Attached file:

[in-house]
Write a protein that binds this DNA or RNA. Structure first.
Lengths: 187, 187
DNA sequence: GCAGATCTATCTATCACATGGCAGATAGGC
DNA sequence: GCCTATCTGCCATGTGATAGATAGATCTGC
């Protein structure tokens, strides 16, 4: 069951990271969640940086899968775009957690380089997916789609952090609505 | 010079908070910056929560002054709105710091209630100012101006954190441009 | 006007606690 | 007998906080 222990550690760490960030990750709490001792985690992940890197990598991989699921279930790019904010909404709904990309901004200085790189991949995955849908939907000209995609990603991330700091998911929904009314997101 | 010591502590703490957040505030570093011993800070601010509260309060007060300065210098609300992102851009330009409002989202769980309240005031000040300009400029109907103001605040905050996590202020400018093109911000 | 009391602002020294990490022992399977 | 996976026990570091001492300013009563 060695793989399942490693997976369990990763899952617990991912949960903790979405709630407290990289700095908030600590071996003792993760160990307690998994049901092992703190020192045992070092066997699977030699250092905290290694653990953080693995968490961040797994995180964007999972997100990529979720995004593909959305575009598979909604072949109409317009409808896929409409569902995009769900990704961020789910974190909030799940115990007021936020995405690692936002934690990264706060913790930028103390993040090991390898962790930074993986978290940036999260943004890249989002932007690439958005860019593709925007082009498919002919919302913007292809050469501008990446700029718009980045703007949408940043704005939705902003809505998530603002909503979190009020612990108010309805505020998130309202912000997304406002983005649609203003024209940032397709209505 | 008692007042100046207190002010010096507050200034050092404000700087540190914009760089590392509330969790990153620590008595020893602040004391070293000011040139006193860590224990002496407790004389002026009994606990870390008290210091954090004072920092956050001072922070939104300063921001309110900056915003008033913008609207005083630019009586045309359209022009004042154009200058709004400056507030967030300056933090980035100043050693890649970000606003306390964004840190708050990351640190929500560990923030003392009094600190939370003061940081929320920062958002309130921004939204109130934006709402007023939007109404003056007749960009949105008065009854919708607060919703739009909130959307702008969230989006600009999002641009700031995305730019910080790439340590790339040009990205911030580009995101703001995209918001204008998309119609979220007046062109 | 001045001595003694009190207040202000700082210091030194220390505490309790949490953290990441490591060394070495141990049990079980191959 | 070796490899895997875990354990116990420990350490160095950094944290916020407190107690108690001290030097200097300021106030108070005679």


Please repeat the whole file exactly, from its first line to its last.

[in-house]
Write a protein that binds this DNA or RNA. Structure first.
Lengths: 187, 187
DNA sequence: GCAGATCTATCTATCACATGGCAGATAGGC
DNA sequence: GCCTATCTGCCATGTGATAGATAGATCTGC
């Protein structure tokens, strides 16, 4: 069951990271969640940086899968775009957690380089997916789609952090609505 | 010079908070910056929560002054709105710091209630100012101006954190441009 | 006007606690 | 007998906080 222990550690760490960030990750709490001792985690992940890197990598991989699921279930790019904010909404709904990309901004200085790189991949995955849908939907000209995609990603991330700091998911929904009314997101 | 010591502590703490957040505030570093011993800070601010509260309060007060300065210098609300992102851009330009409002989202769980309240005031000040300009400029109907103001605040905050996590202020400018093109911000 | 009391602002020294990490022992399977 | 996976026990570091001492300013009563 060695793989399942490693997976369990990763899952617990991912949960903790979405709630407290990289700095908030600590071996003792993760160990307690998994049901092992703190020192045992070092066997699977030699250092905290290694653990953080693995968490961040797994995180964007999972997100990529979720995004593909959305575009598979909604072949109409317009409808896929409409569902995009769900990704961020789910974190909030799940115990007021936020995405690692936002934690990264706060913790930028103390993040090991390898962790930074993986978290940036999260943004890249989002932007690439958005860019593709925007082009498919002919919302913007292809050469501008990446700029718009980045703007949408940043704005939705902003809505998530603002909503979190009020612990108010309805505020998130309202912000997304406002983005649609203003024209940032397709209505 | 008692007042100046207190002010010096507050200034050092404000700087540190914009760089590392509330969790990153620590008595020893602040004391070293000011040139006193860590224990002496407790004389002026009994606990870390008290210091954090004072920092956050001072922070939104300063921001309110900056915003008033913008609207005083630019009586045309359209022009004042154009200058709004400056507030967030300056933090980035100043050693890649970000606003306390964004840190708050990351640190929500560990923030003392009094600190939370003061940081929320920062958002309130921004939204109130934006709402007023939007109404003056007749960009949105008065009854919708607060919703739009909130959307702008969230989006600009999002641009700031995305730019910080790439340590790339040009990205911030580009995101703001995209918001204008998309119609979220007046062109 | 001045001595003694009190207040202000700082210091030194220390505490309790949490953290990441490591060394070495141990049990079980191959 | 070796490899895997875990354990116990420990350490160095950094944290916020407190107690108690001290030097200097300021106030108070005679």